Tainted Love: Guardians of the Galaxy: The Telltale Series Review

Posted in Kulturecade by - November 16, 2017
Tainted Love: Guardians of the Galaxy: The Telltale Series Review

It’s no understatement to say that the Guardians of the Galaxy have exploded in popularity in recent years, so a video game based on the characters was inevitable. Guardians of the Galaxy: The Telltale Series makes a good first impression, perfectly capturing the tone of the movies and sporting some sharp writing. It doesn’t take long until the cracks begin to show, however; the most successful Telltale games make players believe that their choices matter, even if the decisions made are largely inconsequential. Guardians of the Galaxy can’t even create a convincing illusion of choice.

The plot here, thin as it is, revolves around a quest to find a magical, life-restoring McGuffin and keep it out of the hands of an evil warlord looking to revive her dead army. Initially, this setup provides ample opportunities for the Guardians to reflect on the people they’ve lost, and that dramatic thrust works for a while. It all becomes so routine by the end, though: each episode spotlights a different Guardian (even though players will primarily control Star-Lord), and while their emotional backstories are all often affecting, the addition of flashbacks in every episode only highlights just how paper-thin the game would be without them.

A lackluster story would be forgivable if the character interactions in this game were strong, but this area is where proceedings really fall apart. As mentioned above, the game starts strong, with the humor from the movies mostly intact and some engaging conflicts that will truly test your loyalties. All of this is undercut by the realization that none of your decisions matter. Despite going out of my way to appease certain characters, they often inexplicably acted like I was an awful person, only to return to being incredibly friendly a scene later. What gives? This lack of player agency makes too much of the drama feel forced and grating, and it served as a constant reminder that no matter how much the game insisted I was in control, there was little evidence to substantiate that claim. Perhaps the best example of this is a monumental decision at the end of the fourth episode in which I killed off a main character. I was stunned and incredibly impressed that Telltale put such an important decision in the hands of the player. Then, episode five almost immediately renders this choice meaningless, no matter what you did. That’s the game in a nutshell: empty promises and an endless series of plot conveniences.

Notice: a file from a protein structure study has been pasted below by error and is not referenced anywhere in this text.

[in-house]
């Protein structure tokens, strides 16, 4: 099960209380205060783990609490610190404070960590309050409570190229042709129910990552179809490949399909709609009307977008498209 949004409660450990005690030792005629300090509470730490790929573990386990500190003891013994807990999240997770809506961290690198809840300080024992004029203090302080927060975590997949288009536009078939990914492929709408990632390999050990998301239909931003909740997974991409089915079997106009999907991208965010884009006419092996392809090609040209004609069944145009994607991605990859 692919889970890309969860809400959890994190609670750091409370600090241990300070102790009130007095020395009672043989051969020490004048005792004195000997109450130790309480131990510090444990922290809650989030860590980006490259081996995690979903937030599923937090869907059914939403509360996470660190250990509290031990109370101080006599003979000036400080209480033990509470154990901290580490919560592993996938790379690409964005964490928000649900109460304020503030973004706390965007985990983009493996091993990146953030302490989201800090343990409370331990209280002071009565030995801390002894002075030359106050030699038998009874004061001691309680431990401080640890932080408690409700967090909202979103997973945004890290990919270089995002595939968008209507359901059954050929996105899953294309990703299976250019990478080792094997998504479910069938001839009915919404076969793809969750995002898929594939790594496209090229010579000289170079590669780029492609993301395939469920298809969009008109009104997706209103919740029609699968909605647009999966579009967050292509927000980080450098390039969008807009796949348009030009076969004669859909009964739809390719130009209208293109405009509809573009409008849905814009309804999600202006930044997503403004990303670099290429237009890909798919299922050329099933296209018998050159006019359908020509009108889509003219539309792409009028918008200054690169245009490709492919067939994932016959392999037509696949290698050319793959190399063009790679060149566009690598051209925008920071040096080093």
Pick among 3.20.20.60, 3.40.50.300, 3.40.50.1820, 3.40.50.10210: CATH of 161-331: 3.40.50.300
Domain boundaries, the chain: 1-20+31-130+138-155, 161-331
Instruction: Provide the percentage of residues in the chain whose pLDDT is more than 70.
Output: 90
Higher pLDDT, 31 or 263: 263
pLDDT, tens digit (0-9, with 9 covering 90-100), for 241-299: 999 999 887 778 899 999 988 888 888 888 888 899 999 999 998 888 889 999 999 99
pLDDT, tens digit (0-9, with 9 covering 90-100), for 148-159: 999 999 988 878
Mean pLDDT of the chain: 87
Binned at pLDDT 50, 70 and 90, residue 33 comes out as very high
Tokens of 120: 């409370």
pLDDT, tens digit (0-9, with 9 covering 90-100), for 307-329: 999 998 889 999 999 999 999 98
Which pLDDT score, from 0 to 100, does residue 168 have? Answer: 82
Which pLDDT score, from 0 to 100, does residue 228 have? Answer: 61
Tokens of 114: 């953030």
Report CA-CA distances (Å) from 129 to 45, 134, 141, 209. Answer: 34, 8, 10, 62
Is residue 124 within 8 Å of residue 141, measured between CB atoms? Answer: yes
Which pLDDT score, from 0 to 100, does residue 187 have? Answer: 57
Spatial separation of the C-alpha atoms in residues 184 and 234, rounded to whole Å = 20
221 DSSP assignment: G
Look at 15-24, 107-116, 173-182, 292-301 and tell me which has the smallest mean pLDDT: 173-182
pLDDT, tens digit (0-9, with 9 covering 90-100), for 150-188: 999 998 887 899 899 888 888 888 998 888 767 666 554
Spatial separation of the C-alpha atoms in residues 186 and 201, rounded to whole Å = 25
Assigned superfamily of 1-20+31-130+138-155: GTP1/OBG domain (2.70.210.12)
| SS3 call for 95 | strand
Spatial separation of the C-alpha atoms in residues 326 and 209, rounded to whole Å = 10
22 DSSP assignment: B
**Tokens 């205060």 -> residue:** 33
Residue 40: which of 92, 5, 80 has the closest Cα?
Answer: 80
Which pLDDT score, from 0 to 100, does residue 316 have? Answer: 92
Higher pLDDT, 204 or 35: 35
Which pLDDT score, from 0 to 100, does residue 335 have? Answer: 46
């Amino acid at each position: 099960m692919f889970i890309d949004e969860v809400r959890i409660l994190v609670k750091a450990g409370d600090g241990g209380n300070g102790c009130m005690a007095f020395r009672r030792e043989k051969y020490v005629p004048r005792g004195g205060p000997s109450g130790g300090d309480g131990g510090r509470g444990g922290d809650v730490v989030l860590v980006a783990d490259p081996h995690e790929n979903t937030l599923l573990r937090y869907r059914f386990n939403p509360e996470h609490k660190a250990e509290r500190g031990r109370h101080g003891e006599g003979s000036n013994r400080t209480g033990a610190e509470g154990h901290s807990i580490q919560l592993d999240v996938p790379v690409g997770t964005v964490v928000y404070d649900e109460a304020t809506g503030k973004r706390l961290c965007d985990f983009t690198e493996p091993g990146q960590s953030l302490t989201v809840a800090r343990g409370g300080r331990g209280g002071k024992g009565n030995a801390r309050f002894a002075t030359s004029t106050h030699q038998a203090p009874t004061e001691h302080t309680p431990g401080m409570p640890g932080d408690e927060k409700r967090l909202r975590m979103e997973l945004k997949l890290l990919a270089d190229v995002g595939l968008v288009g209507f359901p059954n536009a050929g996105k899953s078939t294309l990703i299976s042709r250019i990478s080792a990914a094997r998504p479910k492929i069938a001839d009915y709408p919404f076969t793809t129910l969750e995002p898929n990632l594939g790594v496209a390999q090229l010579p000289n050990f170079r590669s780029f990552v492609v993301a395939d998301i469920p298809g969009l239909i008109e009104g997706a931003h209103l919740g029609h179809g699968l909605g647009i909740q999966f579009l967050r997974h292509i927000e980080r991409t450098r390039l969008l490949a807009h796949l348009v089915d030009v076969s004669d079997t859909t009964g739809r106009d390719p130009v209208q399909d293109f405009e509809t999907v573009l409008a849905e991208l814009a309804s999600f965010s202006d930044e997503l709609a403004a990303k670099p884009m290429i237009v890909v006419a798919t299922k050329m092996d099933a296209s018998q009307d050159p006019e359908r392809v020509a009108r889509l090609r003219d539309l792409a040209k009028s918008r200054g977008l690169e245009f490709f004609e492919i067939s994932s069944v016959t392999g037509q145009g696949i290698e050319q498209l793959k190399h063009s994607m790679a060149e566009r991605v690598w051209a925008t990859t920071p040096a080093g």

The gameplay here is the usual Telltale standard. Players will walk around, talk to people, solve simple puzzles, and complete quick time events in visually cool but mechanically shallow action sequences. There are no surprises here, and a lot of the aforementioned action sequences consist solely of mashing the shoulder buttons to fire Star-Lord’s pistols, which makes the process even more hands-off than usual. There are a handful of engaging scenes in which you control all of the Guardians during large, well-choreographed action set pieces, but these moments are less frequent.

Finally, it’s worth noting the game’s use of music. There are some pretty decent tracks here, and they’re used appropriately, but few of them are as recognizable or memorable as the selections from the movies (the only two songs that come to mind are “Livin’ Thing” by ELO and “Dancing in the Moonlight” by King Harvest). All things considered, the licensed music here injects some welcome personality into the game, and I’m glad that an effort was made to keep the game stylistically similar to the movies, which I love, but most of the tracks sound uninspired.

As a narrative, Telltale’s Guardians of the Galaxy is average. As a video game that promises the player control over said narrative, however, it’s a failure. Fans of the characters will find some enjoyment in the fun banter, solid if largely pedestrian track list of retro tunes, and a handful of genuinely fun action scenes. But whether or not it’s worth wading through hours of meaningless choices, confounding characters interactions, simple puzzles, and stale gunfights to reach those highlights depends entirely on just how much you want more Guardians of the Galaxy in your life.

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